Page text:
I'm writing this blog from a computer in the Delegate Lounge at the Rogers Industry Centre (U of T campus). The festival is winding down but there's definitely many people still buzzing about here. The Rogers Industry Centre houses all of the main industry panels, the Doc Shop, and more (plus free coffee and David's Tea!!!!!!).Day 8 was probably one of my favourite days at Hot Docs.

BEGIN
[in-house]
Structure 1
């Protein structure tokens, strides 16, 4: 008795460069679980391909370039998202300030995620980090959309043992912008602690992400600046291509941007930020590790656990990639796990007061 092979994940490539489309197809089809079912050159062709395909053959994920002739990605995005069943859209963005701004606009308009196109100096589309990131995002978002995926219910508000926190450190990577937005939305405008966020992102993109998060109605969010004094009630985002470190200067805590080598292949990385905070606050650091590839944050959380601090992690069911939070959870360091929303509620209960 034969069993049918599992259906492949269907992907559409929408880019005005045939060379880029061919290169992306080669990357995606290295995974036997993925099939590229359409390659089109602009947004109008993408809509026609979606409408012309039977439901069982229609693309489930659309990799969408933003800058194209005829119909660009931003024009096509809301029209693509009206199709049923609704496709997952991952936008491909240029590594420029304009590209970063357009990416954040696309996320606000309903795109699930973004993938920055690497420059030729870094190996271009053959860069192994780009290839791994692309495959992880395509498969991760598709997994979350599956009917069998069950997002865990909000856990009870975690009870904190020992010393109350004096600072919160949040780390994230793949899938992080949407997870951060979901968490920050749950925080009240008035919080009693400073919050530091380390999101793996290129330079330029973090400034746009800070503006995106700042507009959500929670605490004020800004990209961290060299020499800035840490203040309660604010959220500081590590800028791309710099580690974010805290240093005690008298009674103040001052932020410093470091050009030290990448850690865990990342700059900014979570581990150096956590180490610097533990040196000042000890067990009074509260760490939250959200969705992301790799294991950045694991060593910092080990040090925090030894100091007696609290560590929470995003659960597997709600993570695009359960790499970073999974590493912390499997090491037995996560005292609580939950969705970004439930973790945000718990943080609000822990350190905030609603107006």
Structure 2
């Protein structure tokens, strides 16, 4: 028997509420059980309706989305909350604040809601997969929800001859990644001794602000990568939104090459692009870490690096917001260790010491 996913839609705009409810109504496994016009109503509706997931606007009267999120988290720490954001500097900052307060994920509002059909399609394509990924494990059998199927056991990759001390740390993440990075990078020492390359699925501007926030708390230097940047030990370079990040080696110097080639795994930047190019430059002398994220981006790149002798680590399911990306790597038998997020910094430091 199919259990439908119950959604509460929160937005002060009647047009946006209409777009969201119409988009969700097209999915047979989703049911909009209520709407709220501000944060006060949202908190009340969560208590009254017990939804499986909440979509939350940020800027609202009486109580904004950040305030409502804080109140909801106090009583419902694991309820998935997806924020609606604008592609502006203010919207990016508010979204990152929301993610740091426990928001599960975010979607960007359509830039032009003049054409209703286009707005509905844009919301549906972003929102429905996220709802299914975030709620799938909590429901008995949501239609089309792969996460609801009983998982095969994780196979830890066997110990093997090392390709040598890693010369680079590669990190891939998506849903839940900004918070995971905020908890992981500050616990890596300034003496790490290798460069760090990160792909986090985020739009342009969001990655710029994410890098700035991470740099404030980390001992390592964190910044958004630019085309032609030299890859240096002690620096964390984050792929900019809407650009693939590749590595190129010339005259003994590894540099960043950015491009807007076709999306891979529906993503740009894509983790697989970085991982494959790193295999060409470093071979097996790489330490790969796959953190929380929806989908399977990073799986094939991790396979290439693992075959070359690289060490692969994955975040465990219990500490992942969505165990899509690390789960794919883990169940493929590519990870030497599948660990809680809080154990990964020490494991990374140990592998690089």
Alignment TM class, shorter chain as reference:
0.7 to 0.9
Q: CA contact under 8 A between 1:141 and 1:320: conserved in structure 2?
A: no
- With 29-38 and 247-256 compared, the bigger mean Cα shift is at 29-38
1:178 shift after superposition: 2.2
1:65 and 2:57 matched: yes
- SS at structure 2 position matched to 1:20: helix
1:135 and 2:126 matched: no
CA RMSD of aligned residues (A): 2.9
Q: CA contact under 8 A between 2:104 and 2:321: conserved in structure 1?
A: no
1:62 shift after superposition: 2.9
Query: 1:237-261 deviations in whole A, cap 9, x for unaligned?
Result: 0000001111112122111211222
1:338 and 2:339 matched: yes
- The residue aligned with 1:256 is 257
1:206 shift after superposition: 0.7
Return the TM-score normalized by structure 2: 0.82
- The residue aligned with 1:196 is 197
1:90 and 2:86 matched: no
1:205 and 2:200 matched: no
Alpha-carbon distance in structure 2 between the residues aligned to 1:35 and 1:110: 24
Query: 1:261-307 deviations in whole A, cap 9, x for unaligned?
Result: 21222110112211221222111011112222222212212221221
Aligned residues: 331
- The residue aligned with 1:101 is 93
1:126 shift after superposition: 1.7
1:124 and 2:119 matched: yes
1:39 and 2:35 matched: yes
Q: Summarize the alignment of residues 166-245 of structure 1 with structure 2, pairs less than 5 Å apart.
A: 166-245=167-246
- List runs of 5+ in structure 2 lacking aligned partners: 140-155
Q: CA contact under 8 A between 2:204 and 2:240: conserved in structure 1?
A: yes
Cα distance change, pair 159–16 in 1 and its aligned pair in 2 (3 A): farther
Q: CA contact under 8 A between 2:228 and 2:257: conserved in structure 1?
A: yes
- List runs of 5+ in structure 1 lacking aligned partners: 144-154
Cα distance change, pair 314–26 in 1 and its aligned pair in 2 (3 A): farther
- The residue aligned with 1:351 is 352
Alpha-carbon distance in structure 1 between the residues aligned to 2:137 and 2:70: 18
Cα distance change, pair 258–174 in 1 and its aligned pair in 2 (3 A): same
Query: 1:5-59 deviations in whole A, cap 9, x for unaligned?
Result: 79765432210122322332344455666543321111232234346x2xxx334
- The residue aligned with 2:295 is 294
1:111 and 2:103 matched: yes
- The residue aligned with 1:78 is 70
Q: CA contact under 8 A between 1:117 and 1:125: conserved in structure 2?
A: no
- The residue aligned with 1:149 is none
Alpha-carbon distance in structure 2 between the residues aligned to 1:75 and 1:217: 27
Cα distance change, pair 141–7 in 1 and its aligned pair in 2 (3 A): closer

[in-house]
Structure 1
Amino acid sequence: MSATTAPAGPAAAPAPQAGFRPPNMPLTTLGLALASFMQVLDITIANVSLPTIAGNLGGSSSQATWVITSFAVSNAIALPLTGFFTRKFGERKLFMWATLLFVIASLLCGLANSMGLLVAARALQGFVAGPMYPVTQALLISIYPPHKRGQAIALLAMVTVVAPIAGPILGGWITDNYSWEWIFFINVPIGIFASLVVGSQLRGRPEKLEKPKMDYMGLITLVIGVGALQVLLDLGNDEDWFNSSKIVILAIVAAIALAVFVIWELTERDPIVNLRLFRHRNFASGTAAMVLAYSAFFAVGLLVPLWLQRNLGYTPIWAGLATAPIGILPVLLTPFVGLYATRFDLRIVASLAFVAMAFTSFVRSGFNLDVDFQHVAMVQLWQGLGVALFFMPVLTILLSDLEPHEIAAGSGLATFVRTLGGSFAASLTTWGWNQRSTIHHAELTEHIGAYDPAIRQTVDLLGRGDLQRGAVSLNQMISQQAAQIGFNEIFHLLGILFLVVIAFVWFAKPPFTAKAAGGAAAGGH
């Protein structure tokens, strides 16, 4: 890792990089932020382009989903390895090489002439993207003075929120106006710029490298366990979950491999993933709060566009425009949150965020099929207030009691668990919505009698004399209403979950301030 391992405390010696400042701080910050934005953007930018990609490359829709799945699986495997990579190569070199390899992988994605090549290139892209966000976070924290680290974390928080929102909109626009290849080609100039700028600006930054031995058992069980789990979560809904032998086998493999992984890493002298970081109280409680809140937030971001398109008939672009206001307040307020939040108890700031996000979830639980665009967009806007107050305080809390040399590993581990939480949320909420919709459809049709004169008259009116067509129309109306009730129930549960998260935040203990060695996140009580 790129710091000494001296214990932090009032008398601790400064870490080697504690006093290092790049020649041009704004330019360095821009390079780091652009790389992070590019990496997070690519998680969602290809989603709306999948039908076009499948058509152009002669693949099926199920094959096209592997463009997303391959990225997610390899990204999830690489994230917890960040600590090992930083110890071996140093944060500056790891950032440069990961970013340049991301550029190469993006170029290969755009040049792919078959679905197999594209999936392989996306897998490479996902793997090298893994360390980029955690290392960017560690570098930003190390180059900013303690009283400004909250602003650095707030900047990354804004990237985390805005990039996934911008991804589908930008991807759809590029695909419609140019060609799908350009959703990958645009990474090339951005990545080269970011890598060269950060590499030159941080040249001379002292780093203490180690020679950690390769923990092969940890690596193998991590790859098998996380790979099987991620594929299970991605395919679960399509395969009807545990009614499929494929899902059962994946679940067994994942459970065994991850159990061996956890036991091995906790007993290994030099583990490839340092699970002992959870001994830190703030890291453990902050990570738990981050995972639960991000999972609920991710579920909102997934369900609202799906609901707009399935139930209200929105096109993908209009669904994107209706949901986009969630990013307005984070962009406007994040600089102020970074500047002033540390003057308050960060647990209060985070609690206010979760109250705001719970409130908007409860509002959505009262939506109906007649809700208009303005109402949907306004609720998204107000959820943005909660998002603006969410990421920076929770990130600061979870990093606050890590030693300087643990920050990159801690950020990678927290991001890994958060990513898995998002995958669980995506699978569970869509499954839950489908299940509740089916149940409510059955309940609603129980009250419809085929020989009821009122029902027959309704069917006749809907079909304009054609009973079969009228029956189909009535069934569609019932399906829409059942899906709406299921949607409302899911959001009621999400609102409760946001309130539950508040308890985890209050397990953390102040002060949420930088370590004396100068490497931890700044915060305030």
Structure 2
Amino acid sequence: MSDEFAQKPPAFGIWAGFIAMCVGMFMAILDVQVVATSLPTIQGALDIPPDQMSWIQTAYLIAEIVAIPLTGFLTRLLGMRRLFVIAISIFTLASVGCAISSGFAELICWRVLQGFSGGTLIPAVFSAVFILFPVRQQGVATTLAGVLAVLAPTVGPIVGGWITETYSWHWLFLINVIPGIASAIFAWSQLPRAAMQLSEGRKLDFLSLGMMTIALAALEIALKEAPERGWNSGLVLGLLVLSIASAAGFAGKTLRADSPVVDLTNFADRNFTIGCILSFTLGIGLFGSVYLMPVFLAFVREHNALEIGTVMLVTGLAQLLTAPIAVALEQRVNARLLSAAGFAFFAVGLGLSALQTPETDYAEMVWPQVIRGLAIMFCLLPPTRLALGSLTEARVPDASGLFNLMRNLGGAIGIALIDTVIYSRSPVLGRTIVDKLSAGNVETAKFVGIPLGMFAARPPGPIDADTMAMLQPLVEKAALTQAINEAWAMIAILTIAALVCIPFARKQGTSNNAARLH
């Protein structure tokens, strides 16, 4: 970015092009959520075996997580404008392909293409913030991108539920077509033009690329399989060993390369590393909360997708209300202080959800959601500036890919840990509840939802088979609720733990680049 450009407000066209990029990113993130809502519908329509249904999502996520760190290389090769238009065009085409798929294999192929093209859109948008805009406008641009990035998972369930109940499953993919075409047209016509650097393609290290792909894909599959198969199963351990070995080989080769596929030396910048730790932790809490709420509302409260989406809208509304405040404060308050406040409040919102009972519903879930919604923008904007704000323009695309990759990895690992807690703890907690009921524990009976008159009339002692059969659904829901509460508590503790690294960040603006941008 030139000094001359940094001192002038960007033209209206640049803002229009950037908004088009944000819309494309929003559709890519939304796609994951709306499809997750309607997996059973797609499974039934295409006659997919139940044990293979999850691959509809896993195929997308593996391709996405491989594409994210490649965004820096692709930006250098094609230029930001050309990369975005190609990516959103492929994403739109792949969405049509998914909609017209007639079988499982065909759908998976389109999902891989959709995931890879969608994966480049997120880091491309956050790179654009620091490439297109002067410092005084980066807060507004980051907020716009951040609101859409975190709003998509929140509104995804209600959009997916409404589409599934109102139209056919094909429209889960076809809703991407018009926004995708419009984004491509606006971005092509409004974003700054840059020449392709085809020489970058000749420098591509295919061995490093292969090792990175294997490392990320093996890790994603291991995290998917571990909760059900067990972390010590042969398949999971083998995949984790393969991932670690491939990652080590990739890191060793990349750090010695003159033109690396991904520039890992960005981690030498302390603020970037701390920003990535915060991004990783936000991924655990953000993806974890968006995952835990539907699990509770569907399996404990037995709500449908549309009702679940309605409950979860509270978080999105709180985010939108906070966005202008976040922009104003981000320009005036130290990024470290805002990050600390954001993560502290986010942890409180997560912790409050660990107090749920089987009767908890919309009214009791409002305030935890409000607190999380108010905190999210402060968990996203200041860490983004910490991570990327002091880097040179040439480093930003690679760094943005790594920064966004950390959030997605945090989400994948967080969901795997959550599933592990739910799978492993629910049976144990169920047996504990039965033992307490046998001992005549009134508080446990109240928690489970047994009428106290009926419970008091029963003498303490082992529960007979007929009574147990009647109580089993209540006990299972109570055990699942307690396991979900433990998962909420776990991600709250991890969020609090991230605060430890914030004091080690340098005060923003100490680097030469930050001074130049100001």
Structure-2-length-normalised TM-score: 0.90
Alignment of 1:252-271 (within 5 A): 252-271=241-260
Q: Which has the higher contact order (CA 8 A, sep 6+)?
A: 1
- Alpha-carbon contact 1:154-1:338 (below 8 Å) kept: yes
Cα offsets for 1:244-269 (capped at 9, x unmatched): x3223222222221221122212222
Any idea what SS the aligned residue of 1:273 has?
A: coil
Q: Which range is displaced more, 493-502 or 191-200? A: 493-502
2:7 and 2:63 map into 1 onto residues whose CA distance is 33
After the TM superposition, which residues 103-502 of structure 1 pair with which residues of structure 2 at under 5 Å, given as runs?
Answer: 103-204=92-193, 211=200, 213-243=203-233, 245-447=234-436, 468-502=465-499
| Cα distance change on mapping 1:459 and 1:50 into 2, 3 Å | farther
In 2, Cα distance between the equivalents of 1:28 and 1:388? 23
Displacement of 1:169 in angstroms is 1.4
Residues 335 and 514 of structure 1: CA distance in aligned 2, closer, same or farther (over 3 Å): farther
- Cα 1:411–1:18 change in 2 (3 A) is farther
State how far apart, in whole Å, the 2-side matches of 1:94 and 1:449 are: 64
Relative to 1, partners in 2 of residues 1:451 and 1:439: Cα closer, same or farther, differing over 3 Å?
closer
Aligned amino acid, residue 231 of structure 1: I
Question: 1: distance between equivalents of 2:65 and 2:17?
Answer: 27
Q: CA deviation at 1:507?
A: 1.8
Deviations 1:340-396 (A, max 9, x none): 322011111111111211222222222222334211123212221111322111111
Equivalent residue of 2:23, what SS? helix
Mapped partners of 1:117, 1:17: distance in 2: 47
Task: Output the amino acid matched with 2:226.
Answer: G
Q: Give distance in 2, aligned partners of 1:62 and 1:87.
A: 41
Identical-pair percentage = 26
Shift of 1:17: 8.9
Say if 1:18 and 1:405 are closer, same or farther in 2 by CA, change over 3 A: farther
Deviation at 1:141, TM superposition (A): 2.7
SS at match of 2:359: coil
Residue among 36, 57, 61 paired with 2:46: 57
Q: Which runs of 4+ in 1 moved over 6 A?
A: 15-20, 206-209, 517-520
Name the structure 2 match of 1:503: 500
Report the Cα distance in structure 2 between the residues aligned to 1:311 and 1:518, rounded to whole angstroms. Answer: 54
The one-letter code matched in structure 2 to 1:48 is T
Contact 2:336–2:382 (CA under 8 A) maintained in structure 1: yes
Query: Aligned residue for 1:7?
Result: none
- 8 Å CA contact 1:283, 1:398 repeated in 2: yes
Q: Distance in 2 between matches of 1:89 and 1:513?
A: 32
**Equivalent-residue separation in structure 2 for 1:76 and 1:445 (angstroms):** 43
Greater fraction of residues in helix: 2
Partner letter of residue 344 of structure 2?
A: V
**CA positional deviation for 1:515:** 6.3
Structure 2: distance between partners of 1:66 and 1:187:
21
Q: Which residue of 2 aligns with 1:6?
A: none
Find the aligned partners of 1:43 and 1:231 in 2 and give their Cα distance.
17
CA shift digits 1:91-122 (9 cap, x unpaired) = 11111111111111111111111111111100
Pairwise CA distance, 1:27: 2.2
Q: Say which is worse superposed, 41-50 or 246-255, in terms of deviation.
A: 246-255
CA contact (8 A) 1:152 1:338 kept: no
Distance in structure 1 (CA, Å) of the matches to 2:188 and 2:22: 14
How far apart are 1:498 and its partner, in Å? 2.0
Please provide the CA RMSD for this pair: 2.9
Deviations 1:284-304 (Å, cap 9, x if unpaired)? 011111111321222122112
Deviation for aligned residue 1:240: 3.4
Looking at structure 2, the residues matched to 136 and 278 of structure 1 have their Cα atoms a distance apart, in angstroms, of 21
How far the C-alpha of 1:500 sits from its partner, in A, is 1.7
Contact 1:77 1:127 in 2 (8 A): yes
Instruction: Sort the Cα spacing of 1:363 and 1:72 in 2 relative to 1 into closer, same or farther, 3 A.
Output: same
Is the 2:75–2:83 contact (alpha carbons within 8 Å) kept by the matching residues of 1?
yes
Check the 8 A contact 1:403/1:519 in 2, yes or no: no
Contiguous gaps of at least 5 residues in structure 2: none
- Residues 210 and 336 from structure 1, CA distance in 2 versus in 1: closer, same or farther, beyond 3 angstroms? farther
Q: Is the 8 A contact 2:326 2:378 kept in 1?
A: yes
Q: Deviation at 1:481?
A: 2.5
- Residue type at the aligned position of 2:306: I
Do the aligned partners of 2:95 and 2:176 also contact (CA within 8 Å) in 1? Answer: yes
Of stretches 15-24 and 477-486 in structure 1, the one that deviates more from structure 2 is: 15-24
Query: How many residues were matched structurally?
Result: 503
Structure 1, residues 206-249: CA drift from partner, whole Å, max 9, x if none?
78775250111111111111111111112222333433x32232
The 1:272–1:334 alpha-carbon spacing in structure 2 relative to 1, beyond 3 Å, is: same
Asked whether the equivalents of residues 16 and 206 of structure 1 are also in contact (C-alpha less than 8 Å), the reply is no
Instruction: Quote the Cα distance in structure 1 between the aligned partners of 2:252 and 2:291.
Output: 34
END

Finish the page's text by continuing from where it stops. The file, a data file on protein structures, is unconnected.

It began with a TDF visit at the Royal Conservatory of Music. TDF (The Documentary Forum) is an event where people with projects apply to pitch in front of a large panel (I think about 20-30 people) made up of all the heavy-hitting documentary industry players. It makes up a wide-range of platforms and broadcasters/networks/etc.. including CBC, CBC radio, PBS, TVO, NHK (Japan), Sundance Channel, and so many more. The production teams are selected and have a short amount of time to pitch their project, and also express what they're looking for (pre-sale, 30% funding, etc..). The industry members interested in the project will express so, and those who are called upon for their opinion, who are not interested, express so as well. It ranges from, "We'd love to talk more" to "Send us a rough cut" (which seems like code for passing, but there's hope down the road). Every pitch was pretty successful, and I was impressed by how positive an experience TDF seemed to be for. It'd definitely good for putting your project out there and getting honest opinions from key industry people about their interest. I had built up TDF as an intimidating and scary experience, but it wasn't at all and I'm glad to have been able to witness it.